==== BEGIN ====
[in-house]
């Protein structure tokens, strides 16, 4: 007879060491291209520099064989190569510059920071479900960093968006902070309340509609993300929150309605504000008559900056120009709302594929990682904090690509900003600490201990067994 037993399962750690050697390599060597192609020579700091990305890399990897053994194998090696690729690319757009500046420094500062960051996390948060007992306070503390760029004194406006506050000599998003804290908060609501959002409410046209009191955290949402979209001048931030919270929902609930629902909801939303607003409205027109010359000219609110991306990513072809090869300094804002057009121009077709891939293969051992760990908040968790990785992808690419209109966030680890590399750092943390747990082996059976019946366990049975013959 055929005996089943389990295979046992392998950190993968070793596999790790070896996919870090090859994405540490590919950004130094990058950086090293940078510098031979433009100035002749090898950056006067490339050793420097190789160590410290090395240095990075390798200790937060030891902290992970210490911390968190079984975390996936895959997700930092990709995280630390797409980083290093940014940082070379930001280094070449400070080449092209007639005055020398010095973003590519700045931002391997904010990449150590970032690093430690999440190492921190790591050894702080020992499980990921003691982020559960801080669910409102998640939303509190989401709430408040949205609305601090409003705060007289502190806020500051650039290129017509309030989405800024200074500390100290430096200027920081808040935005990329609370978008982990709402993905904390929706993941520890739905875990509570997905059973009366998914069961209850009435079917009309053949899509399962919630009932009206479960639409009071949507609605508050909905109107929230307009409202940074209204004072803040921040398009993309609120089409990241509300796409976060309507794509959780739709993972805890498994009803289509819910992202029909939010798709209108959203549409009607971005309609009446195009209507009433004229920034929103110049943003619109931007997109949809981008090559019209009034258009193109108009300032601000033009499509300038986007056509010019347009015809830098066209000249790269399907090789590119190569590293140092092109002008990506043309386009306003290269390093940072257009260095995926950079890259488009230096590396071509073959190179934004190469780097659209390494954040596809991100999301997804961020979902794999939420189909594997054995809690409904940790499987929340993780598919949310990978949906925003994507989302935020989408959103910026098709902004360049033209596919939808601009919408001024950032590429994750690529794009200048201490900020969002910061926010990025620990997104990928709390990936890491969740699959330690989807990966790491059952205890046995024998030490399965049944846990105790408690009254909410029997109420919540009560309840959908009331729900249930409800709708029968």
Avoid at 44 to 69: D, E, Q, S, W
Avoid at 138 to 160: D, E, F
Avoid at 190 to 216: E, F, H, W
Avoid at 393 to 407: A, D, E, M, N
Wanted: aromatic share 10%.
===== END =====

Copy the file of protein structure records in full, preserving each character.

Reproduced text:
[in-house]
């Protein structure tokens, strides 16, 4: 007879060491291209520099064989190569510059920071479900960093968006902070309340509609993300929150309605504000008559900056120009709302594929990682904090690509900003600490201990067994 037993399962750690050697390599060597192609020579700091990305890399990897053994194998090696690729690319757009500046420094500062960051996390948060007992306070503390760029004194406006506050000599998003804290908060609501959002409410046209009191955290949402979209001048931030919270929902609930629902909801939303607003409205027109010359000219609110991306990513072809090869300094804002057009121009077709891939293969051992760990908040968790990785992808690419209109966030680890590399750092943390747990082996059976019946366990049975013959 055929005996089943389990295979046992392998950190993968070793596999790790070896996919870090090859994405540490590919950004130094990058950086090293940078510098031979433009100035002749090898950056006067490339050793420097190789160590410290090395240095990075390798200790937060030891902290992970210490911390968190079984975390996936895959997700930092990709995280630390797409980083290093940014940082070379930001280094070449400070080449092209007639005055020398010095973003590519700045931002391997904010990449150590970032690093430690999440190492921190790591050894702080020992499980990921003691982020559960801080669910409102998640939303509190989401709430408040949205609305601090409003705060007289502190806020500051650039290129017509309030989405800024200074500390100290430096200027920081808040935005990329609370978008982990709402993905904390929706993941520890739905875990509570997905059973009366998914069961209850009435079917009309053949899509399962919630009932009206479960639409009071949507609605508050909905109107929230307009409202940074209204004072803040921040398009993309609120089409990241509300796409976060309507794509959780739709993972805890498994009803289509819910992202029909939010798709209108959203549409009607971005309609009446195009209507009433004229920034929103110049943003619109931007997109949809981008090559019209009034258009193109108009300032601000033009499509300038986007056509010019347009015809830098066209000249790269399907090789590119190569590293140092092109002008990506043309386009306003290269390093940072257009260095995926950079890259488009230096590396071509073959190179934004190469780097659209390494954040596809991100999301997804961020979902794999939420189909594997054995809690409904940790499987929340993780598919949310990978949906925003994507989302935020989408959103910026098709902004360049033209596919939808601009919408001024950032590429994750690529794009200048201490900020969002910061926010990025620990997104990928709390990936890491969740699959330690989807990966790491059952205890046995024998030490399965049944846990105790408690009254909410029997109420919540009560309840959908009331729900249930409800709708029968």
Avoid at 44 to 69: D, E, Q, S, W
Avoid at 138 to 160: D, E, F
Avoid at 190 to 216: E, F, H, W
Avoid at 393 to 407: A, D, E, M, N
Wanted: aromatic share 10%.